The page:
Urinary bladder stones

Stone-like formation of minerals that develop in the bladder

Urinary bladder stones can cause a variety of symptoms in pets. Signs may include:

  • Frequent urination or difficulty urinating
  • Straining during urination or producing only small amounts of urine
  • Changes in urinary habits, such as accidents in the house or inability to urinate
  • Blood in the urine or discolored urine
  • Signs of discomfort or pain while urinating
  • Licking the genital area excessively
  • Decreased appetite or lethargy
  • Persistent or recurrent urinary tract infections

Cats often show more subtle signs of pain or discomfort, such as:

  • Increased hiding
  • Reduced grooming
  • Changes in vocalization
  • Changes in litter box habits, including urinating outside the box

Other health conditions may share similar symptoms with urinary bladder stones, including Urinary Tract Infection, Urinary Cancer, or prostate disease in male pets.

If you notice any of these signs or have concerns about your pet's health, consult with your veterinarian.

It is important to be aware that bladder stones may lead to urinary obstruction, which is a medical emergency. Seek immediate veterinary attention if your pet is unable to urinate. Early detection and intervention can improve the chances of successful management and prevent complications.

When you visit your veterinarian for concerns related to urinary bladder stones, the following may occur:

  • Medical History: They will take a detailed medical history, including any signs, duration, and any history of urinary tract infections.
  • Physical examination: The veterinarian will perform a thorough physical examination of your pet, checking for any abnormalities in their abdomen and urinary system.
  • Diagnostic testing: Diagnostic testing such as a urinalysis, radiographs (X-rays), or ultrasound may be recommended to evaluate the presence and characteristics of urinary bladder stones.
  • Treatment options: Treatment options for urinary bladder stones can vary depending on the size, type, number, and location of the stones. It may involve dietary management, medications, or surgical removal.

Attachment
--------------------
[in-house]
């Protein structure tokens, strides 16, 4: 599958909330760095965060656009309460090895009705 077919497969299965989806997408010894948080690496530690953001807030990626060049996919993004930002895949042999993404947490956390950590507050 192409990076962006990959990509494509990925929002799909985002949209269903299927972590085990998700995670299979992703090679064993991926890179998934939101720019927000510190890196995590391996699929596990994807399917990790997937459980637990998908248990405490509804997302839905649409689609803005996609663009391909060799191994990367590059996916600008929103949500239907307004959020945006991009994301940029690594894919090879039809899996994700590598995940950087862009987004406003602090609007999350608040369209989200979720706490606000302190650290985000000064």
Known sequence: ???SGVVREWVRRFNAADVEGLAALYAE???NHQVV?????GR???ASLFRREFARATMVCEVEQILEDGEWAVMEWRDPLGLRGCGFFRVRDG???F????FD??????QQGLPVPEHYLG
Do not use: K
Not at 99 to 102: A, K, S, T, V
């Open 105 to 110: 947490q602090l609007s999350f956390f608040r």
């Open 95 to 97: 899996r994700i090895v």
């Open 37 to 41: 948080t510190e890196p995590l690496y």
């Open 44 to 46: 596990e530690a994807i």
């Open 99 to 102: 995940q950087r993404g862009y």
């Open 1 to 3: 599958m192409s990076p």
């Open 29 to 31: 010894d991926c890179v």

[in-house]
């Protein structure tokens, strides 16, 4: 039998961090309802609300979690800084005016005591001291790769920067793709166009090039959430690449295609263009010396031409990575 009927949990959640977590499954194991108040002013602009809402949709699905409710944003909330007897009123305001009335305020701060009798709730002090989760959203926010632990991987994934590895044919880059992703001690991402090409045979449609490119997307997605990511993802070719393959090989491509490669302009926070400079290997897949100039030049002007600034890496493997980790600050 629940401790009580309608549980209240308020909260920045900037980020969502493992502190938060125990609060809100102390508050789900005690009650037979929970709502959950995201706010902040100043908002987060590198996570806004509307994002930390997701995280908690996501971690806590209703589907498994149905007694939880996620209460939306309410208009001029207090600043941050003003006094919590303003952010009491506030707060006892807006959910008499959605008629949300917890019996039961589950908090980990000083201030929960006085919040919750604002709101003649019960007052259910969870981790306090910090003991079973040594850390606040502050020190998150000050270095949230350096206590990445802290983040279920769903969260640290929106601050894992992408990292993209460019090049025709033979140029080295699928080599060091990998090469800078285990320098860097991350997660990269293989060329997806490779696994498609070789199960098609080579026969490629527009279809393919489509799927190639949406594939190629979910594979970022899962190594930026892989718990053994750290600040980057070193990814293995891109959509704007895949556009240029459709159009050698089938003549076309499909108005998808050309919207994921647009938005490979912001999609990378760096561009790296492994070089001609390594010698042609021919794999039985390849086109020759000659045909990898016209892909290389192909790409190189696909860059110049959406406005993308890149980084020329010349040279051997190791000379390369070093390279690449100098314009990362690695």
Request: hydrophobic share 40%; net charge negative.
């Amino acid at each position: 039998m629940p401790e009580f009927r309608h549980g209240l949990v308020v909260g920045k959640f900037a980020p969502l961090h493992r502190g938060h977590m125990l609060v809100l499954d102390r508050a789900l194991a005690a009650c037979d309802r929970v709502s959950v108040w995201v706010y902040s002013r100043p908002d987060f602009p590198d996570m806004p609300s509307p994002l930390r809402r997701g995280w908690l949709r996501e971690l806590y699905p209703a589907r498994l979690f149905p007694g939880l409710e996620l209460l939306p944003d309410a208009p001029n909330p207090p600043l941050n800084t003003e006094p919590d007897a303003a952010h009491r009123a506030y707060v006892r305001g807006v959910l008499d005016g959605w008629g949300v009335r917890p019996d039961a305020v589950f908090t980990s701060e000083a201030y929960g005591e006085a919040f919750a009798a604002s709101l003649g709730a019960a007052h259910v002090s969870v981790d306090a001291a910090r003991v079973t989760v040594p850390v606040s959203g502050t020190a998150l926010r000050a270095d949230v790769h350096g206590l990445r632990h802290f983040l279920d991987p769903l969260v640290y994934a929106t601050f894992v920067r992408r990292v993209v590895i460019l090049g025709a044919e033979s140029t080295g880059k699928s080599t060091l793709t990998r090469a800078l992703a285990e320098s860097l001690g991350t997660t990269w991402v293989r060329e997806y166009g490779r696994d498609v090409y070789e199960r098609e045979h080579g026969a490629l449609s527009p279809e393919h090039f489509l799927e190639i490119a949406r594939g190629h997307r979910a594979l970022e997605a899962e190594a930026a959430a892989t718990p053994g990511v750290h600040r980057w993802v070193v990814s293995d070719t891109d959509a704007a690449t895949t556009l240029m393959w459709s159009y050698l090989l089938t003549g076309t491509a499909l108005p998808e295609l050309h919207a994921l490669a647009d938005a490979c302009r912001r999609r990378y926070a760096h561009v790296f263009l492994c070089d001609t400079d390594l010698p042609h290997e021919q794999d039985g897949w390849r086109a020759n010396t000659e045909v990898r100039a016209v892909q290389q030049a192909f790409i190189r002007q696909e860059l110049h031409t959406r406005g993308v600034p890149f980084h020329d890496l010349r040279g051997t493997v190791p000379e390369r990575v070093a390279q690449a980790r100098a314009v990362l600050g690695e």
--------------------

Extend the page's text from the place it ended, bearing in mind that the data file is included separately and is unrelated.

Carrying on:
• Follow-up care: Your veterinarian will discuss a follow-up plan, which may involve monitoring your pet's urine for any recurrence, additional imaging tests, or adjustments to the treatment plan.

Your veterinary healthcare team will partner with you to decide which treatment option is best for your pet's and your family’s specific condition and situation.

While it may not be possible to prevent urinary bladder stones, there are measures you can take to reduce the risk and support your pet's urinary health:

  • Provide fresh water: Ensure your pet has access to clean, fresh water at all times to encourage proper hydration.
    • For cats, try offering multiple water sources in different locations and feeding wet or canned food to increase water intake.

  • Dietary considerations: If urinary bladder stones are present, your veterinarian may recommend a special diet to reduce the risk of urinary stones and support urinary health.
  • Regular exercise: Keeping pets active can help maintain overall health and support proper urinary function.

Consult with your veterinarian for personalized advice and guidance on preventing urinary bladder stones in your pet. They can provide tailored recommendations based on your pet's specific needs and medical history.

Nationwide® pet insurance claim example

Veterinary bill

$2,582

You pay only

$258

Urinary bladder stones

You save

$2,324

Example reflects Accident & Illness plan with optional Congenital & Hereditary rider as well as the optional Cruciate rider added after the first year of coverage, with unlimited annual limit for each category with 90% reimbursement after the $250 annual deductible has been met. This plan may not be available in all areas. Pre-existing conditions are not covered. Veterinary bill amount is based on expenses incurred in the first 30 days after initial diagnosis.

Nationwide® pet insurance claim example

Veterinary bill

$2,582

You pay only

$258

Urinary bladder stones

You save

$2,324

Example reflects Accident & Illness plan with optional Congenital & Hereditary rider as well as the optional Cruciate rider added after the first year of coverage, with unlimited annual limit for each category with 90% reimbursement after the $250 annual deductible has been met. This plan may not be available in all areas. Pre-existing conditions are not covered. Veterinary bill amount is based on expenses incurred in the first 30 days after initial diagnosis.

Nationwide® pet insurance claim example

Veterinary bill

$2,582

You pay only

$258

Urinary bladder stones

You save

$2,324

Example reflects Accident & Illness plan with optional Congenital & Hereditary rider as well as the optional Cruciate rider added after the first year of coverage, with unlimited annual limit for each category with 90% reimbursement after the $250 annual deductible has been met. This plan may not be available in all areas. Pre-existing conditions are not covered. Veterinary bill amount is based on expenses incurred in the first 30 days after initial diagnosis.